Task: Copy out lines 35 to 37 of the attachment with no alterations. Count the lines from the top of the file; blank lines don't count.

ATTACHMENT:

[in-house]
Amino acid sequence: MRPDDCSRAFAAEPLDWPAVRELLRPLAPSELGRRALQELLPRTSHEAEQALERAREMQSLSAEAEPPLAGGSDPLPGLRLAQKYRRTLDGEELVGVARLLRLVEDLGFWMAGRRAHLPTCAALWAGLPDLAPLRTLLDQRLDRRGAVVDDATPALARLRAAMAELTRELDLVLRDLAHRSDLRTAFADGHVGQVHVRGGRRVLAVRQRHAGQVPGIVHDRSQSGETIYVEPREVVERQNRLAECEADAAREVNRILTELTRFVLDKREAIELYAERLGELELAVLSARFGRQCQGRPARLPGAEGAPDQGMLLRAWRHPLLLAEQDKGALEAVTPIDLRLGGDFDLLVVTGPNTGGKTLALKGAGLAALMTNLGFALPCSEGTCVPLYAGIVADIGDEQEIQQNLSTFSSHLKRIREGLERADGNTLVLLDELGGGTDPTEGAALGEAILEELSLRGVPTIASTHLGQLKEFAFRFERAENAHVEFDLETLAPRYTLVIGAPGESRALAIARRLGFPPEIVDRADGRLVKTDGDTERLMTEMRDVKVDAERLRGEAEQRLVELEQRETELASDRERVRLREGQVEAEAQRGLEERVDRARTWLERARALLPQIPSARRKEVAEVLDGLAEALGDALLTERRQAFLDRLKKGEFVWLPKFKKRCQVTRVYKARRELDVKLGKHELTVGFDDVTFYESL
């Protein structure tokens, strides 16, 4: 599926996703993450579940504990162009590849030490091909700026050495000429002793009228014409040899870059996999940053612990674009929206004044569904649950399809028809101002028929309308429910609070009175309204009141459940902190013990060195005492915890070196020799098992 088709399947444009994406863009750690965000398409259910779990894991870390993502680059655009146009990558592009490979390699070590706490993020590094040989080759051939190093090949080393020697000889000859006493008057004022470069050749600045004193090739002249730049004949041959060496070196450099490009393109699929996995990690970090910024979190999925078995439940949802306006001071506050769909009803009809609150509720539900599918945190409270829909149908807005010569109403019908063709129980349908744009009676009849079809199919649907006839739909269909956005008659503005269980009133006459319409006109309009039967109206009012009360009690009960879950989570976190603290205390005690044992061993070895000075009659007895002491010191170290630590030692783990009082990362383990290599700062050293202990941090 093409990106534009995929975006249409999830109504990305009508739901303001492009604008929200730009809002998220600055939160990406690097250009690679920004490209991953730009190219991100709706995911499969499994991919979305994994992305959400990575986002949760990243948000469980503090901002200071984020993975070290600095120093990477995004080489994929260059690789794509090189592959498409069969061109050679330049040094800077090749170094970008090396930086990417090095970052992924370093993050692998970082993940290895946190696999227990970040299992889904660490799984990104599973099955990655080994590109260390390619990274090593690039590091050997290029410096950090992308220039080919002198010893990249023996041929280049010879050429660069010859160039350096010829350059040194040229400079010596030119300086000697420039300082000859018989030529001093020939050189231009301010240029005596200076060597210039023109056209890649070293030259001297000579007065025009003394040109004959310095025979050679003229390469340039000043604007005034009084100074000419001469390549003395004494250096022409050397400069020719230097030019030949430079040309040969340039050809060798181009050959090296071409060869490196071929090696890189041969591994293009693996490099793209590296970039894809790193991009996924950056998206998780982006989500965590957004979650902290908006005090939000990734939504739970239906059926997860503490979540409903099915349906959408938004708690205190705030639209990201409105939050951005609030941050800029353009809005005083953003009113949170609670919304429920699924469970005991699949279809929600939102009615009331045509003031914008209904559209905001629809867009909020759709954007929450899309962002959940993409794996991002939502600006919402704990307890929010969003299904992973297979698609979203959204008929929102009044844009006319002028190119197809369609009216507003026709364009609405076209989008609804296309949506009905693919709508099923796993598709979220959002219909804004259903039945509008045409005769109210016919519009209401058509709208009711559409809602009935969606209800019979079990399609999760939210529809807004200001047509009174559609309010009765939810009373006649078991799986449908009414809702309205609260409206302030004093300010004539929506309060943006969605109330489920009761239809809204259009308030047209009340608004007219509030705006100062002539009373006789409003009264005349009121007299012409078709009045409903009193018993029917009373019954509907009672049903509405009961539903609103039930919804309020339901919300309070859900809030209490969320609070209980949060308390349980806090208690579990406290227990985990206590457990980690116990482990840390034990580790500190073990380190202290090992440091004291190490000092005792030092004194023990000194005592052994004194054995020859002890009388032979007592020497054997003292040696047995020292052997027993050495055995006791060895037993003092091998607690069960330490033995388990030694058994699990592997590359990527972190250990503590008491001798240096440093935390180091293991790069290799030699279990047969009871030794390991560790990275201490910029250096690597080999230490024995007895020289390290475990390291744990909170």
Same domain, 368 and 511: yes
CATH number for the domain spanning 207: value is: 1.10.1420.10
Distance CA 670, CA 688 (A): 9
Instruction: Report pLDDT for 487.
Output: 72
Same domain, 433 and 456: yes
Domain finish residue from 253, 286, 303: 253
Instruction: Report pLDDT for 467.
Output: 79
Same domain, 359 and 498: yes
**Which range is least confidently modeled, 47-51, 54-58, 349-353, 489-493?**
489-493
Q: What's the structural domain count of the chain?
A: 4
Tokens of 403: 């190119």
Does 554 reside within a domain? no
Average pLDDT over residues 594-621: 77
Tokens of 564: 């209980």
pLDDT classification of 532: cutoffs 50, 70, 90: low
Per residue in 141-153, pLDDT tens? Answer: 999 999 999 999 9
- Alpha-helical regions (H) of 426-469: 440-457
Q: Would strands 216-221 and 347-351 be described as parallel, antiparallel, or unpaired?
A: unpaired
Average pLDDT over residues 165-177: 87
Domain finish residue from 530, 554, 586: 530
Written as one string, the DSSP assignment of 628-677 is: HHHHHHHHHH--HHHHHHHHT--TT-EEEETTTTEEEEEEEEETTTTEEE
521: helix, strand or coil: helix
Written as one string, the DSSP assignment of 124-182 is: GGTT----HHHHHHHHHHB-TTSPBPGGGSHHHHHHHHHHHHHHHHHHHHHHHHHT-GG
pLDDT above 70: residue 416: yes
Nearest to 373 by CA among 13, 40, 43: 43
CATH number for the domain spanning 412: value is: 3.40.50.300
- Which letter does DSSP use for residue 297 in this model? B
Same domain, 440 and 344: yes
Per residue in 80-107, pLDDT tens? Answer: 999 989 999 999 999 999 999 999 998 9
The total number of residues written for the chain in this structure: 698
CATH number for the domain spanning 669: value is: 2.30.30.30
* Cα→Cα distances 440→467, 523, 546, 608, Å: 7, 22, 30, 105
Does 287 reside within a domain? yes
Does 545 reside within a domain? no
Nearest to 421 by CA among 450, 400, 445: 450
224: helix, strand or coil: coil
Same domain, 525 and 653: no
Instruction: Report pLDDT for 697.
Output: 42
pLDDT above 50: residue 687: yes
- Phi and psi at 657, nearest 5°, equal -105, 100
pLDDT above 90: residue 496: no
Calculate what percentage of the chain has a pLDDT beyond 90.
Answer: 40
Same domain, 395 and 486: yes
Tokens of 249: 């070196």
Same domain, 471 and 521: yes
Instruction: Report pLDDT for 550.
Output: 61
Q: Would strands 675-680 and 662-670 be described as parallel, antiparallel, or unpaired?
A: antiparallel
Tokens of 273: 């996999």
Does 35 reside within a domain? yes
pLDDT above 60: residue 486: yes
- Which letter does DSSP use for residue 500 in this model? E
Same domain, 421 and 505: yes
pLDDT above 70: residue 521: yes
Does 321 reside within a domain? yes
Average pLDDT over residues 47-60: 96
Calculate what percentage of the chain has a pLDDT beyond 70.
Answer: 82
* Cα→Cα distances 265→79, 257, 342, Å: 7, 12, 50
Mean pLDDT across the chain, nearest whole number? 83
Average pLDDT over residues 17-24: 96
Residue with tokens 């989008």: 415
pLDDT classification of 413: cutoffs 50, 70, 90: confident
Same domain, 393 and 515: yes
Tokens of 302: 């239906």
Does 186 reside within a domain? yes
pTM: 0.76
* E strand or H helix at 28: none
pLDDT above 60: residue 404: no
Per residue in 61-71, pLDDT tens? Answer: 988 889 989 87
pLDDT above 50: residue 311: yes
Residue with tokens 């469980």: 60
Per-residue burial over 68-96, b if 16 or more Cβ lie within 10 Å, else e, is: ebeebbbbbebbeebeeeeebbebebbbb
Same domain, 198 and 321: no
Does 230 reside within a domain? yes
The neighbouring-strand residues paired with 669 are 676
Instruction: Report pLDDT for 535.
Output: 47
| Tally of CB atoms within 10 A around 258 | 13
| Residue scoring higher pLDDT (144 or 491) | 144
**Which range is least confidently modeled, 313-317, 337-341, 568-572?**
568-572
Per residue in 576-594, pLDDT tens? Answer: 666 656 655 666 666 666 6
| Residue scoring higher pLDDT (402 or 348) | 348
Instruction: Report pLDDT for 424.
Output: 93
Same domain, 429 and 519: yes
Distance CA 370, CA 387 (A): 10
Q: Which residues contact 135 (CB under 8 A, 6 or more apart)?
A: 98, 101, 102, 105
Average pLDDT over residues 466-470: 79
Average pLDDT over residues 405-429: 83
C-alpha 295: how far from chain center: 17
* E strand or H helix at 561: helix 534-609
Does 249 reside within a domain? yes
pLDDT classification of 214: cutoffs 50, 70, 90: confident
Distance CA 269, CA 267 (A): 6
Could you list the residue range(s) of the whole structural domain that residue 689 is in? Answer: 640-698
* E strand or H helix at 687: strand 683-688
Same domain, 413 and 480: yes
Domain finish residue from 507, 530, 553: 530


- Which letter does DSSP use for residue 297 in this model? B
Same domain, 440 and 344: yes
Per residue in 80-107, pLDDT tens? Answer: 999 989 999 999 999 999 999 999 998 9